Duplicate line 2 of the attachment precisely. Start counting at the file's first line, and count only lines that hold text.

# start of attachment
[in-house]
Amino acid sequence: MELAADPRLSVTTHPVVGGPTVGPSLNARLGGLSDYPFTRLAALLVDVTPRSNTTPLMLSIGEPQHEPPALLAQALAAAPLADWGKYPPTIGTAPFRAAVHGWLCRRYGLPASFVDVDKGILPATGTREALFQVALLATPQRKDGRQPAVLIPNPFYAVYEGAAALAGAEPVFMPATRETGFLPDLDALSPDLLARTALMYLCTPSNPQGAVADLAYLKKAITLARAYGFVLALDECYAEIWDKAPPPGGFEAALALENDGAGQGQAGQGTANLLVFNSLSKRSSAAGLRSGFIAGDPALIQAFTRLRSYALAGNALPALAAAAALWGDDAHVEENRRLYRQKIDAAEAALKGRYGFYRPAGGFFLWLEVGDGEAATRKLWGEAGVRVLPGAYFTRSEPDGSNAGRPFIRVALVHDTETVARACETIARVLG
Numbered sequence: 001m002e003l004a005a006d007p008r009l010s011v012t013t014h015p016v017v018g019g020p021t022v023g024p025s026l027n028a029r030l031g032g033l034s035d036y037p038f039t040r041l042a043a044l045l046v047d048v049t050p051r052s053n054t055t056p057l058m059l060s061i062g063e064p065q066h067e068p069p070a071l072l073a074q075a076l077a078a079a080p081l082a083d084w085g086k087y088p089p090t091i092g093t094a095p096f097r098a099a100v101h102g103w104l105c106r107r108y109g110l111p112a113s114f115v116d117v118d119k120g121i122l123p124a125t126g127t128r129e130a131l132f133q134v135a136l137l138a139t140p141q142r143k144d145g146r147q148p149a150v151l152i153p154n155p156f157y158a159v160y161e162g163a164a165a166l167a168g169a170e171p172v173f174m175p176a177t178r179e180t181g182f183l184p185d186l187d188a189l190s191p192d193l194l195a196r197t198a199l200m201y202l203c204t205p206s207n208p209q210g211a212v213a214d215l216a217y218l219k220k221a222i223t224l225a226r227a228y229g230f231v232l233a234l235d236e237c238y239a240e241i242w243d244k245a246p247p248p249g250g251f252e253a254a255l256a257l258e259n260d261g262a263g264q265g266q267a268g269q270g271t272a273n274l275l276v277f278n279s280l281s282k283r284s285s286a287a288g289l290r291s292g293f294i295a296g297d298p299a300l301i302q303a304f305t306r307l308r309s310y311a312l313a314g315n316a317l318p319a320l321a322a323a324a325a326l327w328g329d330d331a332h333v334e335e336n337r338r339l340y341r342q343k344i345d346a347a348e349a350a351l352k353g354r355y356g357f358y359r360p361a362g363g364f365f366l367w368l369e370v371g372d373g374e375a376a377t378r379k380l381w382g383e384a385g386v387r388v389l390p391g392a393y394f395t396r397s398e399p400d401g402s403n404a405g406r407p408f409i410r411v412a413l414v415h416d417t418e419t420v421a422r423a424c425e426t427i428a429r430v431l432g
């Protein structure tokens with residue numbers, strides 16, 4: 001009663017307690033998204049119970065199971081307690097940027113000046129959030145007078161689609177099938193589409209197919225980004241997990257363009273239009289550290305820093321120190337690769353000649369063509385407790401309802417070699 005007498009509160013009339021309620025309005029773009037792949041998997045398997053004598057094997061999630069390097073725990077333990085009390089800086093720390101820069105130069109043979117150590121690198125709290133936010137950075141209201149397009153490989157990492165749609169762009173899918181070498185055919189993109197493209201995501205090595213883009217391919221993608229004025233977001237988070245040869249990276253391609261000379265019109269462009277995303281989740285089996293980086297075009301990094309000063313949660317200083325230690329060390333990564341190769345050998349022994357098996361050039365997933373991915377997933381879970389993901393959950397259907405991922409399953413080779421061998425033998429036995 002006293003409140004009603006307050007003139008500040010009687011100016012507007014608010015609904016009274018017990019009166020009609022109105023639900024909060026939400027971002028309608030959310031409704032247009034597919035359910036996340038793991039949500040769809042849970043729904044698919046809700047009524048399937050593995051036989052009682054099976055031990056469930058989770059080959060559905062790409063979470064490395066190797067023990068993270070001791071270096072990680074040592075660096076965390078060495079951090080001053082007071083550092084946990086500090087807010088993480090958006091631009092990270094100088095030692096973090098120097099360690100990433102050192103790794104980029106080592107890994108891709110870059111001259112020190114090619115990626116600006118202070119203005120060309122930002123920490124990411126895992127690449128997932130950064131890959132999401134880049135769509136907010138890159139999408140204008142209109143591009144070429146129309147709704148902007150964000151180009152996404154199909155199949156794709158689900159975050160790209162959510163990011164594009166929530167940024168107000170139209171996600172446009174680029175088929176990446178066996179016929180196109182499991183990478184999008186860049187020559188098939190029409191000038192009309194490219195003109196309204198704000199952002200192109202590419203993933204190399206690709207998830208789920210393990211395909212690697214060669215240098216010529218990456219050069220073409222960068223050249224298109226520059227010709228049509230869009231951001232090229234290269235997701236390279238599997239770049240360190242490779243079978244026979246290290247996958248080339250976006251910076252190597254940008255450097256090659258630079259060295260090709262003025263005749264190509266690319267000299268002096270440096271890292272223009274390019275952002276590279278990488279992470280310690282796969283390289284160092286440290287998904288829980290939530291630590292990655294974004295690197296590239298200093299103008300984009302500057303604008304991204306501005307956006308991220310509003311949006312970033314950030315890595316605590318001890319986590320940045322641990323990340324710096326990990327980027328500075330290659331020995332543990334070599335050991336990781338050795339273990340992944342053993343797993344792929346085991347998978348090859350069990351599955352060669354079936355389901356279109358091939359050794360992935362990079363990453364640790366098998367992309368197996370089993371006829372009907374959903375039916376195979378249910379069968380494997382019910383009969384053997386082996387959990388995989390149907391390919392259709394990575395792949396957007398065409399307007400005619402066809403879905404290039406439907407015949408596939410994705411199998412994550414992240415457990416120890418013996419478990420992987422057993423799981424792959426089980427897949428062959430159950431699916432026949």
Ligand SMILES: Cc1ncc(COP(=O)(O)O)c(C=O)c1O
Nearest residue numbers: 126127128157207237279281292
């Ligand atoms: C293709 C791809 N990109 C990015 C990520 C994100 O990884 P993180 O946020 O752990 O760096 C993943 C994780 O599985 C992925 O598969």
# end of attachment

Amino acid sequence: MELAADPRLSVTTHPVVGGPTVGPSLNARLGGLSDYPFTRLAALLVDVTPRSNTTPLMLSIGEPQHEPPALLAQALAAAPLADWGKYPPTIGTAPFRAAVHGWLCRRYGLPASFVDVDKGILPATGTREALFQVALLATPQRKDGRQPAVLIPNPFYAVYEGAAALAGAEPVFMPATRETGFLPDLDALSPDLLARTALMYLCTPSNPQGAVADLAYLKKAITLARAYGFVLALDECYAEIWDKAPPPGGFEAALALENDGAGQGQAGQGTANLLVFNSLSKRSSAAGLRSGFIAGDPALIQAFTRLRSYALAGNALPALAAAAALWGDDAHVEENRRLYRQKIDAAEAALKGRYGFYRPAGGFFLWLEVGDGEAATRKLWGEAGVRVLPGAYFTRSEPDGSNAGRPFIRVALVHDTETVARACETIARVLG